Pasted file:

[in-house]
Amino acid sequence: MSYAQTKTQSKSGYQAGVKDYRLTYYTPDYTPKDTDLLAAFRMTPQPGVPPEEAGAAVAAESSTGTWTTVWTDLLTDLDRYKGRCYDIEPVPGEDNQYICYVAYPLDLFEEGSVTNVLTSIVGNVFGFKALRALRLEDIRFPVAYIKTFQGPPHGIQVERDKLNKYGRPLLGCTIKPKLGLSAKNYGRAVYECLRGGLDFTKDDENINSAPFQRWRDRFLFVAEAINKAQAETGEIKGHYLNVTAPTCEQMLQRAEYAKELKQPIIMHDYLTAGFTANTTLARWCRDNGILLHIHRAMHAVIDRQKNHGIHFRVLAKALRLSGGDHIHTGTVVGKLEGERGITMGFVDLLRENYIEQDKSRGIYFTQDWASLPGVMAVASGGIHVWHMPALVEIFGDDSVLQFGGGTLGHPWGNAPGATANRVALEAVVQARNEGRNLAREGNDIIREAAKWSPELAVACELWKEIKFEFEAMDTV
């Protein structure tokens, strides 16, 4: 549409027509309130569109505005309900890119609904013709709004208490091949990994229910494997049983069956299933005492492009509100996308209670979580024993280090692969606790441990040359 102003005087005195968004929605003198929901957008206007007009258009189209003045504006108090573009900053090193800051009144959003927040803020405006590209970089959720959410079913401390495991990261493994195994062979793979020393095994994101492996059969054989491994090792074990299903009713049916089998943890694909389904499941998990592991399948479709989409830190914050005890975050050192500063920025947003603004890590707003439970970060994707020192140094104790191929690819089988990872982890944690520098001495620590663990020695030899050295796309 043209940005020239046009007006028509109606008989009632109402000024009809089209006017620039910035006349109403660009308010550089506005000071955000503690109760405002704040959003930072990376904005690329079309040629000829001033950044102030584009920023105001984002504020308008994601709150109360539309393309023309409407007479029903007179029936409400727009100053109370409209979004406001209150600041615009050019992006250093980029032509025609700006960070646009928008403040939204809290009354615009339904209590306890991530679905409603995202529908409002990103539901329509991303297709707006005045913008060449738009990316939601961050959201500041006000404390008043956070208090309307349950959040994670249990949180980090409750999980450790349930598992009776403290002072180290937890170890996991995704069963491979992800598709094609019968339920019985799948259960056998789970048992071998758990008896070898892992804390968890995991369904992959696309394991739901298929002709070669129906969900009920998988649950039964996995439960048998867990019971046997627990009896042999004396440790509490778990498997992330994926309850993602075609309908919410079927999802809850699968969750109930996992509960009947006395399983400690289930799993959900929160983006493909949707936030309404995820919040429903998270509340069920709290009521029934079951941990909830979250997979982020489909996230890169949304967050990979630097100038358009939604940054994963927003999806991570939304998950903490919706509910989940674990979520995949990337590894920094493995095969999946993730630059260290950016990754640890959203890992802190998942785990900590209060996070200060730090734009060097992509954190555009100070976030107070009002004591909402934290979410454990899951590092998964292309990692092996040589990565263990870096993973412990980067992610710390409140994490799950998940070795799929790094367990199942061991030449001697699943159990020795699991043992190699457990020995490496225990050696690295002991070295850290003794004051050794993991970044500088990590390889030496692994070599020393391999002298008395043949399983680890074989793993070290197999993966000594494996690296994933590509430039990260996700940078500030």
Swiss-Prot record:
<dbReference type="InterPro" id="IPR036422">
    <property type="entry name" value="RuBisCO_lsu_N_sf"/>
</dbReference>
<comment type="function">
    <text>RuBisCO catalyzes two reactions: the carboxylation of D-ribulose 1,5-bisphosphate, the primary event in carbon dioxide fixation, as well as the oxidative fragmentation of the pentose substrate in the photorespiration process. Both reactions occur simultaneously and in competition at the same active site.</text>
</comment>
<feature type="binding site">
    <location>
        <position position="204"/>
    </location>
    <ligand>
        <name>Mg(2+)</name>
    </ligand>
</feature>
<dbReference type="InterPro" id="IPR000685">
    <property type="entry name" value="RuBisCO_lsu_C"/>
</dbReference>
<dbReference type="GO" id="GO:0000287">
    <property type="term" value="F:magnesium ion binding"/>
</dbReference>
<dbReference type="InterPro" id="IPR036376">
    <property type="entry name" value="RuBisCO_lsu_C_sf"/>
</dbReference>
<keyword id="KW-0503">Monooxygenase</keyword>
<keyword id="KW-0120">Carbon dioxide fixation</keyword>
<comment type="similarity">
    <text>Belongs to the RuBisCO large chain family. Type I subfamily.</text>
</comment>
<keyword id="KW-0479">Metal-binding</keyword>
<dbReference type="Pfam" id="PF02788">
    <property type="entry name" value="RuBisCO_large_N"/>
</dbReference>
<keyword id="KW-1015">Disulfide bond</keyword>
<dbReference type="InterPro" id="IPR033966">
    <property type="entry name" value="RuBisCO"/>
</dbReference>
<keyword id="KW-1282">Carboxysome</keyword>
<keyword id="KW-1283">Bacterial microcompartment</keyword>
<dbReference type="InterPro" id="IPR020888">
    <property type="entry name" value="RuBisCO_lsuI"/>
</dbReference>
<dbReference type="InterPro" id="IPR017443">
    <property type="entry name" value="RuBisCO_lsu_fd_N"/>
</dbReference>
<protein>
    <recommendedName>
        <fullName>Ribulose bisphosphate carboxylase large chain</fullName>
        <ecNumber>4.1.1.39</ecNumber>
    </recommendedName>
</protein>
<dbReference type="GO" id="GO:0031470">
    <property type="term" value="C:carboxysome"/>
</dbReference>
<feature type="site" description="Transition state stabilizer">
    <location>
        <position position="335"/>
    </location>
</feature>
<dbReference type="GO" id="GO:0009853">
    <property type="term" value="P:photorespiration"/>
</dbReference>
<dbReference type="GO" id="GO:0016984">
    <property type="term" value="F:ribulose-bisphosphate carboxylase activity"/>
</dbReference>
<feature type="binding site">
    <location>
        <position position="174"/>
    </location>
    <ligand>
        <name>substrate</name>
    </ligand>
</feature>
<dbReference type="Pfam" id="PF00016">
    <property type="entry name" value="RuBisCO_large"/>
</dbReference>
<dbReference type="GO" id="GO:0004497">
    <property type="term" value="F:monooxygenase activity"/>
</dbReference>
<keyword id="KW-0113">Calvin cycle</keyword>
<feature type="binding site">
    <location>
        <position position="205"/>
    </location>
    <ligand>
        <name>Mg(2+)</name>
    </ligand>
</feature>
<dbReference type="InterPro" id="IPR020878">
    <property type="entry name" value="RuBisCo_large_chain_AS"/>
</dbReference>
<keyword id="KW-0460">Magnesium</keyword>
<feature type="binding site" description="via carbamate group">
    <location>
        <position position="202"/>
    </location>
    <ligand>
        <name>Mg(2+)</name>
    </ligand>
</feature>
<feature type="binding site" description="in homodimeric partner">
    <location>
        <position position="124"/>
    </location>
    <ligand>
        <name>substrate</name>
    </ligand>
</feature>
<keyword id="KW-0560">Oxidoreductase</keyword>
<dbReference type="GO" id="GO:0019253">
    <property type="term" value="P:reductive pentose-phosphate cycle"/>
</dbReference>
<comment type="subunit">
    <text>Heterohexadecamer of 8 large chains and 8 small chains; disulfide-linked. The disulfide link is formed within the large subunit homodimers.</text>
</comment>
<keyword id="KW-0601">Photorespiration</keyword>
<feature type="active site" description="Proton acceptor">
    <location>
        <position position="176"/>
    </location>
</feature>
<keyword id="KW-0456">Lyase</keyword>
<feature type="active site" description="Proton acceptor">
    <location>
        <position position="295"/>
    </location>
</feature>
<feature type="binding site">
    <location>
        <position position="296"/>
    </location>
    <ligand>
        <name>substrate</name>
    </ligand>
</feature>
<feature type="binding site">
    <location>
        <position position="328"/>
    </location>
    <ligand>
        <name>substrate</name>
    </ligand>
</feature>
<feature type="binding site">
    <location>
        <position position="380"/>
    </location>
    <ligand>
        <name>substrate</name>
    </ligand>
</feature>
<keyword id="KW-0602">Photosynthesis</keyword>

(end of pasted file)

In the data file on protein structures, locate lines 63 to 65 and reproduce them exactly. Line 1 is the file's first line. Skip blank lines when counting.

<dbReference type="GO" id="GO:0009853">
    <property type="term" value="P:photorespiration"/>
</dbReference>